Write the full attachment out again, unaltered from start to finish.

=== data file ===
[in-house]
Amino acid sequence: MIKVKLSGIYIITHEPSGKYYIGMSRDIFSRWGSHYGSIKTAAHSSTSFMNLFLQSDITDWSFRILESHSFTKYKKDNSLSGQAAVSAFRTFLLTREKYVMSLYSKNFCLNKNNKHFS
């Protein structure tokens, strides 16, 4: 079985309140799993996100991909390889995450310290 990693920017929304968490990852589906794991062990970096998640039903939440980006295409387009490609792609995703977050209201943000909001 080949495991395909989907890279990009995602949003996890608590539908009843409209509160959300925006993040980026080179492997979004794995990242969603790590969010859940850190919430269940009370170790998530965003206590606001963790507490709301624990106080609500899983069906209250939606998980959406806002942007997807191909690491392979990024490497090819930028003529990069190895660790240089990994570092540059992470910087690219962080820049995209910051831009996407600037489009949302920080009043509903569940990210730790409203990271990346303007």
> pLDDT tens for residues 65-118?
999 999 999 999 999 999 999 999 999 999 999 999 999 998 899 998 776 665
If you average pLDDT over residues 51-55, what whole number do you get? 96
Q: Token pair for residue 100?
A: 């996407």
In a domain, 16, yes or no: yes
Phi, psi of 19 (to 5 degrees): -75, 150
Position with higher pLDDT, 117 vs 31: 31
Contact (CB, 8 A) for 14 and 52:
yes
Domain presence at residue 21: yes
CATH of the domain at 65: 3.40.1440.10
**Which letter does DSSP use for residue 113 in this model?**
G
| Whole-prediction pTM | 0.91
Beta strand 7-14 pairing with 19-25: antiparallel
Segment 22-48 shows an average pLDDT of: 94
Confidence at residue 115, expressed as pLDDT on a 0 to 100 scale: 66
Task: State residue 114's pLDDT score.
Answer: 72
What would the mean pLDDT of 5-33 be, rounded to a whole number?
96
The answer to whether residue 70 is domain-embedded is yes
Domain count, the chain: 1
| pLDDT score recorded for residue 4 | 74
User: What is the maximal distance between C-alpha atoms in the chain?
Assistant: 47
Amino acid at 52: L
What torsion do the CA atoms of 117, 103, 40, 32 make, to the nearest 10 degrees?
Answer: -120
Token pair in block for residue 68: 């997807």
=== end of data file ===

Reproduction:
[in-house]
Amino acid sequence: MIKVKLSGIYIITHEPSGKYYIGMSRDIFSRWGSHYGSIKTAAHSSTSFMNLFLQSDITDWSFRILESHSFTKYKKDNSLSGQAAVSAFRTFLLTREKYVMSLYSKNFCLNKNNKHFS
């Protein structure tokens, strides 16, 4: 079985309140799993996100991909390889995450310290 990693920017929304968490990852589906794991062990970096998640039903939440980006295409387009490609792609995703977050209201943000909001 080949495991395909989907890279990009995602949003996890608590539908009843409209509160959300925006993040980026080179492997979004794995990242969603790590969010859940850190919430269940009370170790998530965003206590606001963790507490709301624990106080609500899983069906209250939606998980959406806002942007997807191909690491392979990024490497090819930028003529990069190895660790240089990994570092540059992470910087690219962080820049995209910051831009996407600037489009949302920080009043509903569940990210730790409203990271990346303007």
> pLDDT tens for residues 65-118?
999 999 999 999 999 999 999 999 999 999 999 999 999 998 899 998 776 665
If you average pLDDT over residues 51-55, what whole number do you get? 96
Q: Token pair for residue 100?
A: 């996407």
In a domain, 16, yes or no: yes
Phi, psi of 19 (to 5 degrees): -75, 150
Position with higher pLDDT, 117 vs 31: 31
Contact (CB, 8 A) for 14 and 52:
yes
Domain presence at residue 21: yes
CATH of the domain at 65: 3.40.1440.10
**Which letter does DSSP use for residue 113 in this model?**
G
| Whole-prediction pTM | 0.91
Beta strand 7-14 pairing with 19-25: antiparallel
Segment 22-48 shows an average pLDDT of: 94
Confidence at residue 115, expressed as pLDDT on a 0 to 100 scale: 66
Task: State residue 114's pLDDT score.
Answer: 72
What would the mean pLDDT of 5-33 be, rounded to a whole number?
96
The answer to whether residue 70 is domain-embedded is yes
Domain count, the chain: 1
| pLDDT score recorded for residue 4 | 74
User: What is the maximal distance between C-alpha atoms in the chain?
Assistant: 47
Amino acid at 52: L
What torsion do the CA atoms of 117, 103, 40, 32 make, to the nearest 10 degrees?
Answer: -120
Token pair in block for residue 68: 């997807």